Rapid Funds Leads to Rapid Response: CARE in Turkey
As a result of the fighting in Kobane, Syria, there was a rush of thousands of refugees to Turkey. CARE needed to quickly respond. Read more.
Lebanon: Better Hygiene Means a Better Life
Good hygiene and sanitation are essential to the health and safety of vulnerable populations, especially during an emergency. Read more.
In Syria and neighbouring countries, refugee families lack protection against winter weather
“It may be unimaginable for us in Canadian cities to go through winter without heating and warm clothes, but thousands of families like ours will be doing just that in the weeks and months to come. What does it say about us if we shrug and move on?” Read more.
CARE Supporting Refugees in Turkey
CARE is deeply concerned about the influx of more than 140,000 Syrian refugees who have crossed the border to Turkey in recent days. “This is a major humanitarian emergency, with tens of thousands of people in need of shelter, food and water,” says John Uniack Davis, country director of CARE Turkey who was part of CARE’s initial assessment team at the border region. Read more.
We are Not Helpless: Responding to the Nightmare in Syria
"Syria's refugees aren’t so different from you or me, except the circumstances they find themselves in is a difficult and oftentimes desperate situation." Read more.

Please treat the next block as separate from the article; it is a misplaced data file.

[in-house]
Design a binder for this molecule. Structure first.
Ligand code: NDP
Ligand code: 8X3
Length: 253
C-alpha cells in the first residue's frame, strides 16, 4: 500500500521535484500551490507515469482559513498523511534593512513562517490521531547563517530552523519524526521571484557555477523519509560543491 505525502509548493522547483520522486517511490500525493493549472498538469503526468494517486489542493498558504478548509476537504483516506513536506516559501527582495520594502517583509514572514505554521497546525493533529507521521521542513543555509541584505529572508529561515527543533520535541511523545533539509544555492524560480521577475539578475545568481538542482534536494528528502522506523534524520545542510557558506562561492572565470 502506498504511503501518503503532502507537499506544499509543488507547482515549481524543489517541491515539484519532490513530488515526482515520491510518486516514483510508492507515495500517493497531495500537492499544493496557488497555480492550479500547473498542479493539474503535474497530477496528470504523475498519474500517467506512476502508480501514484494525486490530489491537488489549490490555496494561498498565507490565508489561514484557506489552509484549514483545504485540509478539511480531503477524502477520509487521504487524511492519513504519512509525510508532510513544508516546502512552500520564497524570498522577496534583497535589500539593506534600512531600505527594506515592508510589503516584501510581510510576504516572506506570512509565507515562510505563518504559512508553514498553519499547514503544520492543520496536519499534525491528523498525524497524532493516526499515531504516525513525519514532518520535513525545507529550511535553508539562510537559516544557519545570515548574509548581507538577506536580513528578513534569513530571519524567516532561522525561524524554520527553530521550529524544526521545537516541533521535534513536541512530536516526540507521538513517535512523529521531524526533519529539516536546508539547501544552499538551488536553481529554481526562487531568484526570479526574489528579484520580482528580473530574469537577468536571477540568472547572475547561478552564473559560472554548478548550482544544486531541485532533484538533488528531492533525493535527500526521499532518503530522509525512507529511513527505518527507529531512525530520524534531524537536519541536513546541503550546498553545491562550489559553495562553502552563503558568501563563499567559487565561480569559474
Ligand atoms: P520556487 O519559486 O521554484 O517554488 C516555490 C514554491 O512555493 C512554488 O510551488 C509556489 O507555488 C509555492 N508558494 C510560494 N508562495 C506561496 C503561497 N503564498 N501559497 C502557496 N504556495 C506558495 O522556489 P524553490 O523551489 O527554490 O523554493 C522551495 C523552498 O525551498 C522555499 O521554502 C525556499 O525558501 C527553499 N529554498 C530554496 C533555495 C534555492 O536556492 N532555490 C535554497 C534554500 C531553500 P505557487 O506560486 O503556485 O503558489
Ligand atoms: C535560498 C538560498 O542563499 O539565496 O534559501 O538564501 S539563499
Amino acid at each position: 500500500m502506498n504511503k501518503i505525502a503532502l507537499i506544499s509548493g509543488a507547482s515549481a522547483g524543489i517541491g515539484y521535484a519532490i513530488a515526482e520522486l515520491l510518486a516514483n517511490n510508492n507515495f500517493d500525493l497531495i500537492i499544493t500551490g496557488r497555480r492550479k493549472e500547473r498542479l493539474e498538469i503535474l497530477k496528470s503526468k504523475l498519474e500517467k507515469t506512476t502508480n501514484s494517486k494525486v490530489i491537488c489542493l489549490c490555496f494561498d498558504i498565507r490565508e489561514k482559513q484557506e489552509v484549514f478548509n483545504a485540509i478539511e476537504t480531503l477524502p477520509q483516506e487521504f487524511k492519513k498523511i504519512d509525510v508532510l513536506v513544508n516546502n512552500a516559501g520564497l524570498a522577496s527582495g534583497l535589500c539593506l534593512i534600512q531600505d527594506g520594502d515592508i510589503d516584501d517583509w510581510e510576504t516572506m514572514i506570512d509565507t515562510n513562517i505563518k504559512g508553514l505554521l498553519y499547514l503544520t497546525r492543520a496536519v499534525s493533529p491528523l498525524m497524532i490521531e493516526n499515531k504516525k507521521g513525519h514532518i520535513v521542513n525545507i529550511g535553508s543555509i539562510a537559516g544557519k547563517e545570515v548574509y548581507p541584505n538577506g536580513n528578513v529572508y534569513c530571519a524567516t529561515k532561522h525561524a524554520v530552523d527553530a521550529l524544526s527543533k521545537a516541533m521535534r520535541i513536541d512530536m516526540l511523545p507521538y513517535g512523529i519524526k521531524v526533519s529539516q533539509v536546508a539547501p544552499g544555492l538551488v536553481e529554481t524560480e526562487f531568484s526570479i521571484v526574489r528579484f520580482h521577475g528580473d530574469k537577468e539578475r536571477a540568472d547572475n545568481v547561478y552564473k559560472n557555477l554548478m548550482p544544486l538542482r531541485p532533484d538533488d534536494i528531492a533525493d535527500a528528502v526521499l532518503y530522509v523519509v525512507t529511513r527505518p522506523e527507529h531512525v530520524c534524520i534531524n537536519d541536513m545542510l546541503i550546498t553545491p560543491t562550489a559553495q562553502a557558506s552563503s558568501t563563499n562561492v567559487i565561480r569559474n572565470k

Dear World: The Syrian Humanitarian Crisis
CARE invited photographers Robert Fogarty and Ben Reece to Jordan to see the Syrian refugee crisis up close. The team asked refugees to write their “message to the world” on their hands, arms or face to share with the world, and then photographed them.
"Don't Lose Hope"
Refugee schoolchildren in Dadaab, Kenya have a special message for Syrian refugees: You are not alone.
BLOG: Hidden Lives and the Struggle to Survive
"We in the international community cannot allow the youth and children of Syria to become a lost generation, raised in poverty without opportunities." Read more.
NEWS: Urban Syrian refugees struggle to make ends meet in Jordan
Half a million Syrian refugees in urban areas in Jordan are struggling more than ever to cope with inadequate housing, high debts, rising costs of living and educational challenges for their children, a new study by CARE International has found. Read more.
The full report is available here.
NEWS: Three Years of Crisis in Syria
It is with immense sorrow and concern that the Humanitarian Coalition and its member agencies note the three-year mark of the conflict in Syria. Read more.
On March 14, 2014 CARE Canada marked the third year anniversary of the Syrian conflict by holding red balloons to support the global #WithSyria campaign.
Escape from Syria
Eleven-year-old Rafa and her family fled from Homs, Syria when bullets were coming through the walls of their home. Now they get cash assistance from CARE to help pay for rent and food in the Jordanian capital of Amman. Read more.
Finding a Place for a Girl to go to School
Although her mother wishes for Hanan to go to school in Jordan, and school is free, there’s a problem. The schools are full. Read more.